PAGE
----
Both during graduate school and beyond, colleagues may question how Black women gained entry to their departments. Here racialized and gendered stereotypes around excellence and worthiness contribute to assumptions that affirmative action or “diversity hires” brought Black women to the table. These assumptions discount Black women’s merit as scholars and instructors and assume their only value is as an underrepresented minority.

Students contribute to the hostility in academe as they question Black women’s authority in the classroom. Studies of student evaluations show that many students rate their Black women professors as being “less effective” teachers than their peers. These evaluations reflect racialized and gendered assumptions about who is an “expert.”

What’s more, institutional expectations and requirements of those hoping to gain tenure devalue work that is common among underrepresented groups like Black women. The growing numbers of Black college students, including more Black women than Black men, have heightened the demands on the small number of Black women faculty. Both junior Black women and tenured Black women faculty members are at risk of higher rates of taxation for service work. Through this unrewarded invisible labor, Black women serve on diversity committees, mentor marginalized students and provide labor to create inclusive spaces in higher education. Not only do these demands detract from the time they can spend on what often counts most in the tenure process (research), but colleges and universities rarely acknowledge the work of mentoring and diversity service in the tenure process.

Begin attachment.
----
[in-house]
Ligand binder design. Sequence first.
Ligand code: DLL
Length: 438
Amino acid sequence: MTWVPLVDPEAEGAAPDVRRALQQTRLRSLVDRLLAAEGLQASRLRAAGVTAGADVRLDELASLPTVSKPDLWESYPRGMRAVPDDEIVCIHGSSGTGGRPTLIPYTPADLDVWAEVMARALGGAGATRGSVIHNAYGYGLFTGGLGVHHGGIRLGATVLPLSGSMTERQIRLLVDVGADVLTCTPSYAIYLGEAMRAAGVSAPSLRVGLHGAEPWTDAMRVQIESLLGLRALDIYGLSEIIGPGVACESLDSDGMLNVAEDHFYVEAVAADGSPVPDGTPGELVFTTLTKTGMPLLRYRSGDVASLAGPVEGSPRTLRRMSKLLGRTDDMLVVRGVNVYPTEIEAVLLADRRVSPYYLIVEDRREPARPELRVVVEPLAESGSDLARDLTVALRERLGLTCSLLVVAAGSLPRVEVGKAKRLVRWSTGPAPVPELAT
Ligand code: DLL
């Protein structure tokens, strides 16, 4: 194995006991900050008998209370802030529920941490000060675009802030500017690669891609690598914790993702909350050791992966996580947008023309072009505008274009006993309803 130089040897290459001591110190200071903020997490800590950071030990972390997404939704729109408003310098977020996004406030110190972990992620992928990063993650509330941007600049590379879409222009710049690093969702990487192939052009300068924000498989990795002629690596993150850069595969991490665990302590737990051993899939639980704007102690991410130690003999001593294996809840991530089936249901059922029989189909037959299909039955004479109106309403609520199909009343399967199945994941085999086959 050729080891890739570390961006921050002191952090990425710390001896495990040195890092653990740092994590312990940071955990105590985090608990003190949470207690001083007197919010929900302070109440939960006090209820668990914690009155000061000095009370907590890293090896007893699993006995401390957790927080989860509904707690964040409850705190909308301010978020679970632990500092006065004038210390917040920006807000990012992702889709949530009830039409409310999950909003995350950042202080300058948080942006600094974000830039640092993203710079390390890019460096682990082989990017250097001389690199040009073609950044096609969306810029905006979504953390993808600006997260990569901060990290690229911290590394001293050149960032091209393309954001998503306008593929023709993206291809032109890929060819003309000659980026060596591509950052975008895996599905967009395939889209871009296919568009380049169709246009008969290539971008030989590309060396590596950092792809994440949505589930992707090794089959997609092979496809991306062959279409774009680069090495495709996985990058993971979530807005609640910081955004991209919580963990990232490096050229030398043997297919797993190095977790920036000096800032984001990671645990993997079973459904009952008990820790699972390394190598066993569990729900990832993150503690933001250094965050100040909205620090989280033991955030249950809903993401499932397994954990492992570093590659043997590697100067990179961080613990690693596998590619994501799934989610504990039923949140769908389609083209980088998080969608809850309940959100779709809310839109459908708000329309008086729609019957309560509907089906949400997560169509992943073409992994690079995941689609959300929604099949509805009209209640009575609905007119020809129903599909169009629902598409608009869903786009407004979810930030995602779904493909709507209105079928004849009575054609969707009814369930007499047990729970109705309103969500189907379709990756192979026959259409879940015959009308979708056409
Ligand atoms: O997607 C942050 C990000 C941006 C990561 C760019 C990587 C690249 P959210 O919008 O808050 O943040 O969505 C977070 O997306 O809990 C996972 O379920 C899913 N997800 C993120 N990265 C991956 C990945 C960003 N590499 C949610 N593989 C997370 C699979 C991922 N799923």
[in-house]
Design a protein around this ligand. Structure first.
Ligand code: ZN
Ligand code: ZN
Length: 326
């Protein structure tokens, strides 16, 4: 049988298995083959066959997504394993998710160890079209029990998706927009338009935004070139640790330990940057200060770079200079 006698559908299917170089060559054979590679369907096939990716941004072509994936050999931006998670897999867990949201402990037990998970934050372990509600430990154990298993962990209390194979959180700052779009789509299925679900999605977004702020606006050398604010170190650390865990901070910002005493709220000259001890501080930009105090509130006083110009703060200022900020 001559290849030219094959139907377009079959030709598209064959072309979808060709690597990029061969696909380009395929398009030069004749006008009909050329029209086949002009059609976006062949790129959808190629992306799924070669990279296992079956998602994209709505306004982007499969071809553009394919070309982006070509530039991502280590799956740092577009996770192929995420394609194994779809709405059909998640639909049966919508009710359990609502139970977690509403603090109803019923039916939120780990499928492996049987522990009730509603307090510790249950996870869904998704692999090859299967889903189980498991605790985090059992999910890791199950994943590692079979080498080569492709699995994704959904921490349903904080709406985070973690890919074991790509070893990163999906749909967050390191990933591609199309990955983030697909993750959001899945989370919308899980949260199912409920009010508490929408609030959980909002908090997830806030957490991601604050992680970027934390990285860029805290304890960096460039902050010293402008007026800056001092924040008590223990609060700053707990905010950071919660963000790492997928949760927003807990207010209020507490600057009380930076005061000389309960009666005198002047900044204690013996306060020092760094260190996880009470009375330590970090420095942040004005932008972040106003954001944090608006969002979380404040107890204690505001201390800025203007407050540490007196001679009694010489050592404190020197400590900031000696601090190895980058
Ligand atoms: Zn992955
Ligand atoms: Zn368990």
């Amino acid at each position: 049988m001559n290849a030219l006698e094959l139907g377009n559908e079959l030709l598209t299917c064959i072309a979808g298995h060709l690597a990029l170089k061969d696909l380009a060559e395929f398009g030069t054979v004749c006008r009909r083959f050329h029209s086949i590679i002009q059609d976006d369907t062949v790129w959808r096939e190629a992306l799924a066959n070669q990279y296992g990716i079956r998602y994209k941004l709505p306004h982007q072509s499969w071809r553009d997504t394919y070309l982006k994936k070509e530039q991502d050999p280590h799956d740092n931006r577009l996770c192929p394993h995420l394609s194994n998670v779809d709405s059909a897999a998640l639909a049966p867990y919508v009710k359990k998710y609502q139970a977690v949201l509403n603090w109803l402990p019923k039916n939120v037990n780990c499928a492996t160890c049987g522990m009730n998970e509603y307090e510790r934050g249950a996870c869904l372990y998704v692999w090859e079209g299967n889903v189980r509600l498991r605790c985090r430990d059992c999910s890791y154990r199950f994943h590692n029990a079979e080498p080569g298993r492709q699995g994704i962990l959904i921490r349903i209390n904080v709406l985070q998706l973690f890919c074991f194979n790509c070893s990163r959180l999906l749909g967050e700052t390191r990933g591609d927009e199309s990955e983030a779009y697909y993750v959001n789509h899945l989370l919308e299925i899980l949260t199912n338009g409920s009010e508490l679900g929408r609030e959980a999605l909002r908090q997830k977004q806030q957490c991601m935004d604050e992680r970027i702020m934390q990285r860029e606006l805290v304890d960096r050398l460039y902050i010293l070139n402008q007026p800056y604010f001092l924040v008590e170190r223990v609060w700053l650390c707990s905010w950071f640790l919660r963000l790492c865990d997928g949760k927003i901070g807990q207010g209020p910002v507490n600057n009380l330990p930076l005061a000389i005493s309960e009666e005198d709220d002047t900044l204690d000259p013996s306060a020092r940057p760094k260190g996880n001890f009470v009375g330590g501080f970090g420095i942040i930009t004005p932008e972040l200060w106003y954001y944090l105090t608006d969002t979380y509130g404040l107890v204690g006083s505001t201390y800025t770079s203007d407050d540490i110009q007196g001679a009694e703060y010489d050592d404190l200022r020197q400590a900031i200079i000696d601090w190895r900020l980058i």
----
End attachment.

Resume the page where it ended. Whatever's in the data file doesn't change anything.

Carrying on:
The current state of affairs in which only 5,221 Black women across U.S. colleges and universities today are tenured represents a failure to recruit, retain and support Black women in academe. It represents a devaluation of the work we do to mentor marginalized undergraduate and graduate students, provide safe spaces, and promote and advance issues of diversity and inclusion. It represents racialized and gendered assumptions about our expertise and contributions to our fields in both research and teaching. It represents a failure of the system of higher education to acknowledge that the demands of work on the tenure track are not equal for all assistant professors and to adjust accordingly.

If commitments to increasing faculty diversity are more than symbolic gestures, colleges and universities should address the systemic issues creating these racialized and gendered inequities. That is the only way to increase the number of tenured Black women in our colleges and universities.